But for others–those on the margins, those who are androgynous, those who are genderqueer, those who are only beginning their transitions, etc.–these bills represent hell on earth. There is little that is more private than going to the bathroom. And being forced to do so in the wrong rest room can create an enormous amount of anxiety, not to mention the potential for confrontations that could escalate to violence. That is what this is about. When we make the choice to do something else, that's fine: it's our choice. When governments tell us we MUST do something, that's another matter altogether. So we need to do something, and what I think we need to do is this: we should just *show* the bastards what it is they are crowing about, what it is they *think* they want.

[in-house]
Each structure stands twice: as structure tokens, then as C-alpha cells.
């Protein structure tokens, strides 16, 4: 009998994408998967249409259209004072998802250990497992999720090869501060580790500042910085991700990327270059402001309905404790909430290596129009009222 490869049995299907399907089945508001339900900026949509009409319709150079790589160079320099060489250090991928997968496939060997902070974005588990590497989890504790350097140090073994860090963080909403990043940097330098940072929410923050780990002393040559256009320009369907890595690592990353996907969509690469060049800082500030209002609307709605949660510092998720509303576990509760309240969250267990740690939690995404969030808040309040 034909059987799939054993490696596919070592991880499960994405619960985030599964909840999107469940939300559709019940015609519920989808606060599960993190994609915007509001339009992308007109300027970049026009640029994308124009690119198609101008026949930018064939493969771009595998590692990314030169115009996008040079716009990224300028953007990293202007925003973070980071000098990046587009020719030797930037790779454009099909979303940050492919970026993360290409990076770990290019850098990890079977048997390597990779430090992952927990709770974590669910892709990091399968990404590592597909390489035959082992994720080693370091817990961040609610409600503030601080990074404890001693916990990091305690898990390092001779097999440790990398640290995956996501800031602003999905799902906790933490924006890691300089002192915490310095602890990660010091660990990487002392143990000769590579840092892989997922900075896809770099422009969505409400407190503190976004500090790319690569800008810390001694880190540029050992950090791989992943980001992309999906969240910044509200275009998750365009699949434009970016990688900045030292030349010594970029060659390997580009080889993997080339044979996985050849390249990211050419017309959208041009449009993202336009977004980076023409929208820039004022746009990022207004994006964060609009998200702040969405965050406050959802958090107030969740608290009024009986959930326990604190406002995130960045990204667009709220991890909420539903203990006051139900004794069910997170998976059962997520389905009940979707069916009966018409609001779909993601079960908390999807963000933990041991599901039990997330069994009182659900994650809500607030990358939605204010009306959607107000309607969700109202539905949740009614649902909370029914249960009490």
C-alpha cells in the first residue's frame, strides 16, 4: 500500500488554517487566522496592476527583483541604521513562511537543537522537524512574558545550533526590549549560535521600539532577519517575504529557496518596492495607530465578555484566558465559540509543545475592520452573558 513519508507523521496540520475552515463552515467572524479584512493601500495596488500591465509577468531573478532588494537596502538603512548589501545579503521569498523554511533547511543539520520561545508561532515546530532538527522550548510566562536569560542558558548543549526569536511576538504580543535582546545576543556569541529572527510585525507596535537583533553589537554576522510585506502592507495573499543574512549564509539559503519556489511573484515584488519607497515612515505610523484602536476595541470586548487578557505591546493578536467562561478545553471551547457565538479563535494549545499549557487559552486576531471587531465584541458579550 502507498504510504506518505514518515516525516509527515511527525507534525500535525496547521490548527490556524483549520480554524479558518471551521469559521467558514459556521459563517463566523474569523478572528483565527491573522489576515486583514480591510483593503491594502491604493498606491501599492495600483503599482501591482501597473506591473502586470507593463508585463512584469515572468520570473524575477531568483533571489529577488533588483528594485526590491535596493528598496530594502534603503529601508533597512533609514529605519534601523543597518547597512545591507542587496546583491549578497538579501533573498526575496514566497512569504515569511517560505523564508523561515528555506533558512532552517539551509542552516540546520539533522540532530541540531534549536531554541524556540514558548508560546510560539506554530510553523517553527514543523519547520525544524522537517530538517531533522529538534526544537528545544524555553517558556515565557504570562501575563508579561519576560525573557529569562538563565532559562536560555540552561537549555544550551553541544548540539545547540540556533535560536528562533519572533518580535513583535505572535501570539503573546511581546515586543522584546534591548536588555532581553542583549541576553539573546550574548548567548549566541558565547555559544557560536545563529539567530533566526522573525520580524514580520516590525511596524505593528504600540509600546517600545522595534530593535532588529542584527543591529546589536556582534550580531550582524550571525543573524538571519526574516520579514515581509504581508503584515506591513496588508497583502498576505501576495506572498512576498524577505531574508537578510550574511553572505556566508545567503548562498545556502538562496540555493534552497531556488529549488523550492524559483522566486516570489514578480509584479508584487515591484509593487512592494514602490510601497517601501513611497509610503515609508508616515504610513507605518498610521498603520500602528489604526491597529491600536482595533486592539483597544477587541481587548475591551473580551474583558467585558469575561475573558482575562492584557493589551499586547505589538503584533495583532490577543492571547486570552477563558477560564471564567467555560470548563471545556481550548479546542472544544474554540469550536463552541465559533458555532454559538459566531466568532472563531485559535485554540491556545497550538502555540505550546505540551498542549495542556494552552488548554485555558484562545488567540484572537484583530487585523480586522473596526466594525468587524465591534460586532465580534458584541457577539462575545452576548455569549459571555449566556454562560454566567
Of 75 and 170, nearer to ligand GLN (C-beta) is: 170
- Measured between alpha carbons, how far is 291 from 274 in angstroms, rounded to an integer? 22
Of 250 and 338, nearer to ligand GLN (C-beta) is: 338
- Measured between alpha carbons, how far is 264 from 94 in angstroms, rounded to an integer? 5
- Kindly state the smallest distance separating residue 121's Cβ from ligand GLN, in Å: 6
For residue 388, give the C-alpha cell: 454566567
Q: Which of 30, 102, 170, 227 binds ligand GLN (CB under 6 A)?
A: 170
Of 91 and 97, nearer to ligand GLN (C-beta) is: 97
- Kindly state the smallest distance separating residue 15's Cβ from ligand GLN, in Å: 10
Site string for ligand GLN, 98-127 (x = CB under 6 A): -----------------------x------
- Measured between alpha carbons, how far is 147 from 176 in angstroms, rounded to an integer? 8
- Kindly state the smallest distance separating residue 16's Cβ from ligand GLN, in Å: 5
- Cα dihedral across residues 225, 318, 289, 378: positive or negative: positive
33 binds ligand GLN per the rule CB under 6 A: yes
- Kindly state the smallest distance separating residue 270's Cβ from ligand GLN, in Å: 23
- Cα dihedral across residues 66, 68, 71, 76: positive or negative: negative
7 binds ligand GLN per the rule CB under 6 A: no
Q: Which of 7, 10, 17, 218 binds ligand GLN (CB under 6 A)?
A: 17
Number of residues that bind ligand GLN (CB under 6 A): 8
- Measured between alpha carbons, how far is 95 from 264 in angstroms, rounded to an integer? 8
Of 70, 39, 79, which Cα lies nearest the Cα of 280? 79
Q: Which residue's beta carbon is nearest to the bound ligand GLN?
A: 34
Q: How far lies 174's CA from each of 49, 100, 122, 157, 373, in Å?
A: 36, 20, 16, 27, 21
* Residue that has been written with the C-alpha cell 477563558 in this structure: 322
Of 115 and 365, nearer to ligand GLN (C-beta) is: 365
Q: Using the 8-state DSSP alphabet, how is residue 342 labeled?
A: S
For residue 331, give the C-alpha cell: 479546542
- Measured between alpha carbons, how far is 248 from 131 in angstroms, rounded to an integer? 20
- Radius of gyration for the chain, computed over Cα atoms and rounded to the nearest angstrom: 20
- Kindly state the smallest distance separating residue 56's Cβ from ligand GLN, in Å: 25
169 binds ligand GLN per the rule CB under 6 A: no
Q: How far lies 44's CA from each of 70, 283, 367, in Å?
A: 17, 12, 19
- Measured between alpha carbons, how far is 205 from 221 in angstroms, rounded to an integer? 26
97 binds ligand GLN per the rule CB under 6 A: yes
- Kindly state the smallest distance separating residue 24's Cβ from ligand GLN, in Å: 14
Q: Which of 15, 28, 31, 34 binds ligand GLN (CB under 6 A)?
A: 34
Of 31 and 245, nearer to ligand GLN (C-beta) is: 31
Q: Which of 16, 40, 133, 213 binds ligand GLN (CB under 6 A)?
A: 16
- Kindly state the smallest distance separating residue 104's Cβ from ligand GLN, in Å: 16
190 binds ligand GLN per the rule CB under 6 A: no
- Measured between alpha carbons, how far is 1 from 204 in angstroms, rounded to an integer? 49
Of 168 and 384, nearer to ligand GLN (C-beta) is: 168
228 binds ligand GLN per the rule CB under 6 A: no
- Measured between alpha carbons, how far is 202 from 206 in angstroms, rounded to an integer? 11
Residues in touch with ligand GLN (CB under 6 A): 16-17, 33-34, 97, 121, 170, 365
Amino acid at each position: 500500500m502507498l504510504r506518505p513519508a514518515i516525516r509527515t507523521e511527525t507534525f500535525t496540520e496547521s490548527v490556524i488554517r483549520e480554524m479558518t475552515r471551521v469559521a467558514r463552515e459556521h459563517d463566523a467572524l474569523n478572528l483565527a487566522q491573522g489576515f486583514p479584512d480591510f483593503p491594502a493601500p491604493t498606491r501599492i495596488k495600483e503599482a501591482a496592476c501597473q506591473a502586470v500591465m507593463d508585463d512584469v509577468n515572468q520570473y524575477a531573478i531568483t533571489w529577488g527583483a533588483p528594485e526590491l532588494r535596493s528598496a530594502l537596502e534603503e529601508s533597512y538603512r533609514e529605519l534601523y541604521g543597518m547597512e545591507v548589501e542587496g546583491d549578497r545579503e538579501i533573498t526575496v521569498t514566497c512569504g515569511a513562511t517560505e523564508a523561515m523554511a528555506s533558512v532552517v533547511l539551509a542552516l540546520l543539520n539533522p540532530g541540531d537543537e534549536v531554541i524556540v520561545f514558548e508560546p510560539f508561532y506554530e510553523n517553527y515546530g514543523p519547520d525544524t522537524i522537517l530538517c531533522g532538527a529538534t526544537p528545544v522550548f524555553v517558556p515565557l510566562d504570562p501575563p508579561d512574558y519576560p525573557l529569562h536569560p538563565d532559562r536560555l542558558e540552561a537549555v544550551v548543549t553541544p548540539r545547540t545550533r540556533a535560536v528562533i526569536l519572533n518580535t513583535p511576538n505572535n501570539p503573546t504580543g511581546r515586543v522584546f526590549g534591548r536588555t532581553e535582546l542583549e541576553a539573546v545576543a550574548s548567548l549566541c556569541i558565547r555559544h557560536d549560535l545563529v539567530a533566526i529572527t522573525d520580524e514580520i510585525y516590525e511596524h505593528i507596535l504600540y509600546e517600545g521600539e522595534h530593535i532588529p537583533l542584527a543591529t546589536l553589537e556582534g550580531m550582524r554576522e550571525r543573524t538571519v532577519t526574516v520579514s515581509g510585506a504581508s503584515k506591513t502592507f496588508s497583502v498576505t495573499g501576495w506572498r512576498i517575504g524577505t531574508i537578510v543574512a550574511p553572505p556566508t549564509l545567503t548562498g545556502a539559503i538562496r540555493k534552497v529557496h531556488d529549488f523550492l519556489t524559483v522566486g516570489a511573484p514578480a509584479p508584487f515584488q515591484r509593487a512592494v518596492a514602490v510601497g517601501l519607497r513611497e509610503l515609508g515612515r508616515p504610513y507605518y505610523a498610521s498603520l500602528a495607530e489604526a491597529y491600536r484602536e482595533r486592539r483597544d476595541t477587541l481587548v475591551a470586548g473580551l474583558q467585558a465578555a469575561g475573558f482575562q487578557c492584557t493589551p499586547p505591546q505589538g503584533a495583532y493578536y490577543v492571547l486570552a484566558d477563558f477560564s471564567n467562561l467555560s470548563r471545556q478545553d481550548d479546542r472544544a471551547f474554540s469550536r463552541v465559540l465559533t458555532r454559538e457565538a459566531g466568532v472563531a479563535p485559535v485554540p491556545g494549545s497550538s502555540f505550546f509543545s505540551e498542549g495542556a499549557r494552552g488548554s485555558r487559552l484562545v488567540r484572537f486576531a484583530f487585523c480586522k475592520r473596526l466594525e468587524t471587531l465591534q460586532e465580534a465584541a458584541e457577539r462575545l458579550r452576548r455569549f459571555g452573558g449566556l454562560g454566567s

Thus I say again, this is a call to action: the entire TG community nationwide should band together for a National Pee-In. It should be well publicized, so there is press and there are no surprises (and so local law enforcement is aware of the potential for any problems that might arise).
On a designated day, announced in advance with a press release, every one of us, across the country, should intentionally and publicly use the rest rooms designated for our birth sex. Let's see how folks like lovely women in the men's rooms and big, burly guys with beards and tattoos in the ladies' rooms. My prediction: it would change the tide of public opinion in a hurry. And if it doesn't, well, we could always do it again a few weeks later, and again until these morons get the point. We'll be uncomfortable a few times, but nowhere near as much as those who are trying to ban us from bathrooms will be.